1,852 research outputs found

    Finite-temperature conductivity and magnetoconductivity of topological insulators

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    The electronic transport experiments on topological insulators exhibit a dilemma. A negative cusp in magnetoconductivity is widely believed as a quantum transport signature of the topological surface states, which are immune from localization and exhibit the weak antilocalization. However, the measured conductivity drops logarithmically when lowering temperature, showing a typical feature of the weak localization as in ordinary disordered metals. Here, we present a conductivity formula for massless and massive Dirac fermions as a function of magnetic field and temperature, by taking into account the electron-electron interaction and quantum interference simultaneously. The formula reconciles the dilemma by explicitly clarifying that the temperature dependence of the conductivity is dominated by the interaction while the magnetoconductivity is mainly contributed by the quantum interference. The theory paves the road to quantitatively study the transport in topological insulators and other two-dimensional Dirac-like systems, such as graphene, transition metal dichalcogenides, and silicene.Comment: 5 pages, 5 figure

    Enhanced current noise correlations in a Coulomb-Majorana device

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    Majorana bound states (MBSs) nested in a topological nanowire are predicted to manifest nonlocal correlations in the presence of a finite energy splitting between the MBSs. However, the signal of the nonlocal correlations has not yet been detected in experiments. A possible reason is that the energy splitting is too weak and seriously affected by many system parameters. Here we investigate the charging energy induced nonlocal correlations in a hybrid device of MBSs and quantum dots. The nanowire that hosts the MBSs is assumed in proximity to a mesoscopic superconducting island with a finite charging energy. Each end of the nanowire is coupled to one lead via a quantum dot with resonant levels. With a floating superconducting island, the devices shows a negative differential conductance and giant super-Poissonian shot noise, due to the interplay between the nonlocality of the MBSs and dynamical Coulomb blockade effect. When the island is strongly coupled to a bulk superconductor, the current cross correlations at small lead chemical potentials are negative by tuning the dot energy levels. In contrast, the cross correlation is always positive in a non-Majorana setup. This difference may provide a signature for the existence of the MBSs.Comment: 11 pages, 10 figure

    Extrinsic anomalous Hall conductivity of a topologically nontrivial conduction band

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    A key step towards dissipationless transport devices is the quantum anomalous Hall effect, which is characterized by an integer quantized Hall conductance in a ferromagnetic insulator with strong spin-orbit coupling. In this work, the anomalous Hall effect due to the impurity scattering, namely the extrinsic anomalous Hall effect, is studied when the Fermi energy crosses with the topologically nontrivial conduction band of a quantum anomalous Hall system. Two major extrinsic contributions, the side-jump and skew-scattering Hall conductivities, are calculated using the diagrammatic techniques in which both nonmagnetic and magnetic scattering are taken into account simultaneously. The side-jump Hall conductivity changes its sign at a critical sheet carrier density for the nontrivial phase, while it remains sign unchanged for the trivial phase. The critical sheet carrier densities estimated with realistic parameters lie in an experimentally accessible range. The results imply that a quantum anomalous Hall system could be identified in the good-metal regime.Comment: 5 pages, 4 figure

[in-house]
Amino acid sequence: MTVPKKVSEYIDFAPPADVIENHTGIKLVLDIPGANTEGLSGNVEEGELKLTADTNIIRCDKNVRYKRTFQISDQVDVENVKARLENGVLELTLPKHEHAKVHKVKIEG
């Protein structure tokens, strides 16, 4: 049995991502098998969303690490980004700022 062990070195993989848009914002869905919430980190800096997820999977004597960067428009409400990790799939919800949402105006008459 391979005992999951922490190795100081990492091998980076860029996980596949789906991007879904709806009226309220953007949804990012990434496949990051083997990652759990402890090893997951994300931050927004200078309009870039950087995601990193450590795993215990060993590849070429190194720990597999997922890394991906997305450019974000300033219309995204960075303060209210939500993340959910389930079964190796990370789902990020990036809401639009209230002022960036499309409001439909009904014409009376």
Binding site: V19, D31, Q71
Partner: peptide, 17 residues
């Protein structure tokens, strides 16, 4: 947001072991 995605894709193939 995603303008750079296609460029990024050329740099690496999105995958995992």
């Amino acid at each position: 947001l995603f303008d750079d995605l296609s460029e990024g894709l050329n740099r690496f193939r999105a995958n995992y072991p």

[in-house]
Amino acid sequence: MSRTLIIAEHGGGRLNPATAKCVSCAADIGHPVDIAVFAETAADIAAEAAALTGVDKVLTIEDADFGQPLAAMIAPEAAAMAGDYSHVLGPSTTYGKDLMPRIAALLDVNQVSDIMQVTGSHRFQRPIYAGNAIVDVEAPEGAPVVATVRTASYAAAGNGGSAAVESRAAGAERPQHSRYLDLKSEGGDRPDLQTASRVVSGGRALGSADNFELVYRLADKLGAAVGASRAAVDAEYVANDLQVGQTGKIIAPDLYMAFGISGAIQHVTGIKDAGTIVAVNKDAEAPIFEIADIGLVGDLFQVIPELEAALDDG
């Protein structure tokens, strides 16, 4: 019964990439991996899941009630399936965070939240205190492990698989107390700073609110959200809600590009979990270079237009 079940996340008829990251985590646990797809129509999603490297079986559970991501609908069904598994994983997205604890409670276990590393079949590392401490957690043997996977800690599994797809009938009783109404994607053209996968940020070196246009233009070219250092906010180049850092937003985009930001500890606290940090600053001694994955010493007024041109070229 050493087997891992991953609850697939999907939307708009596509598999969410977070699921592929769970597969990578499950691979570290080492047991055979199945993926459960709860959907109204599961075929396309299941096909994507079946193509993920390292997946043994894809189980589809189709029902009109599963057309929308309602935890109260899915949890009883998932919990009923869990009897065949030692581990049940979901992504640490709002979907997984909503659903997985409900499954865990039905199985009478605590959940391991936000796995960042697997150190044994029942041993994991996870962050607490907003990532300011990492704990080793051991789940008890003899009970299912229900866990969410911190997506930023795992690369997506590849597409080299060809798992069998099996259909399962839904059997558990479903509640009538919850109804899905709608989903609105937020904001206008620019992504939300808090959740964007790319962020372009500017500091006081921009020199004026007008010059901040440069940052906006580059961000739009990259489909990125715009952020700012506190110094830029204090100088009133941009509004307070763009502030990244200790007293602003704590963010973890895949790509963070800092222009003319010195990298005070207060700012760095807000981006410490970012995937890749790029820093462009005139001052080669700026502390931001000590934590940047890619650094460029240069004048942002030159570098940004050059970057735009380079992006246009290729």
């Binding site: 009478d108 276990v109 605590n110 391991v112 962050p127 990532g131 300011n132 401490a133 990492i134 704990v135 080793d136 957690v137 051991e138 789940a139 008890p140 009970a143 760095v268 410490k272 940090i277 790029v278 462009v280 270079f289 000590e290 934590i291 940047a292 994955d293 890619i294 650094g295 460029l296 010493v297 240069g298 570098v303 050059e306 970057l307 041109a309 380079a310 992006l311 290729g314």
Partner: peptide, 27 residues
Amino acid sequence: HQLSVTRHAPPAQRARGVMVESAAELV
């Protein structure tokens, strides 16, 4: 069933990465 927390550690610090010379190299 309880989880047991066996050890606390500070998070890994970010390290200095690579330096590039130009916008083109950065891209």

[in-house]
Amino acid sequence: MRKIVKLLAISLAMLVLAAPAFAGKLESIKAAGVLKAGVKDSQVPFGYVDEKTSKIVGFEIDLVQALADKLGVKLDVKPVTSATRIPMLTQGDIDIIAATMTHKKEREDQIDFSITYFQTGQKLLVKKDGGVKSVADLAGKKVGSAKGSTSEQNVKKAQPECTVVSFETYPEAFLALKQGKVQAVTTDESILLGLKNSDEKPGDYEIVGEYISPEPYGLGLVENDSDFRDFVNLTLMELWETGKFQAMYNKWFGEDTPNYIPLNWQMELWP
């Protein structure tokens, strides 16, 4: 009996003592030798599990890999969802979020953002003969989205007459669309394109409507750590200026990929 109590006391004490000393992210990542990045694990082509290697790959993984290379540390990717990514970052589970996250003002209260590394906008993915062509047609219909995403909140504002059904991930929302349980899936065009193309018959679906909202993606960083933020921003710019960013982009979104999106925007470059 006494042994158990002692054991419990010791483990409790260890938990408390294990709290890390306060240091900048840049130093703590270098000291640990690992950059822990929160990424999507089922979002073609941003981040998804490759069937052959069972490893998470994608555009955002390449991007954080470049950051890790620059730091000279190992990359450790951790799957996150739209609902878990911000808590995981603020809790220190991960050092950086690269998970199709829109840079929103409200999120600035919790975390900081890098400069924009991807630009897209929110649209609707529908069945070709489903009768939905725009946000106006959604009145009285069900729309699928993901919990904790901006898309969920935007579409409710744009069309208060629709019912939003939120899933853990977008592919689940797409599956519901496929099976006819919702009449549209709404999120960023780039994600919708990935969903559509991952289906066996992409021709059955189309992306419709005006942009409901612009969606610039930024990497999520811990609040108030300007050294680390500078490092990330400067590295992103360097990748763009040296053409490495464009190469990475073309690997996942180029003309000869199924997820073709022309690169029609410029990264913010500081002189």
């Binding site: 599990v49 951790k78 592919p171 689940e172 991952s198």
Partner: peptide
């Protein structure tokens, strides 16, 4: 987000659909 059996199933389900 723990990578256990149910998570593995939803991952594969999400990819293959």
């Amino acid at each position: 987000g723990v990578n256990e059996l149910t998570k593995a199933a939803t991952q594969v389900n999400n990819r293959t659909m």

Detecting and Switching Magnetization of Stoner Nanograin in Non-local Spin Valve

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    The magnetization detection and switching of an ultrasmall Stoner nanograin in a non-local spin valve (NLSV) device is studied theoretically. With the help of the rate equations, a unified description can be presented on the same footing for the NLSV signal that reads out the magnetization, and for the switching process. The setup can be viewed as that the grain is connected to two non-magnetic leads via sequential tunneling. In one lead, the chemical potentials for spin-up and -down electrons are split due to the spin injection in the NLSV. This splitting (or the spin bias) is crucial to the NLSV signal and the critical condition to the magnetization switching. By using the standard spin diffusion equation and parameters from recent NLSV device, the magnitude of the spin bias is estimated, and found large enough to drive the magnetization switching of the cobalt nanograin reported in earlier experiments. A microscopic interpretation of NLSV signal in the sequential tunneling regime is thereby raised, which show properties due to the ultrasmall size of the grain. The dynamics at the reversal point shows that there may be a spin-polarized current instead of the anticipated pure spin current flowing during the reversal due to the electron accumulation in the floating lead used for the readout of NLSV signal.Comment: 15 pages, 11 figure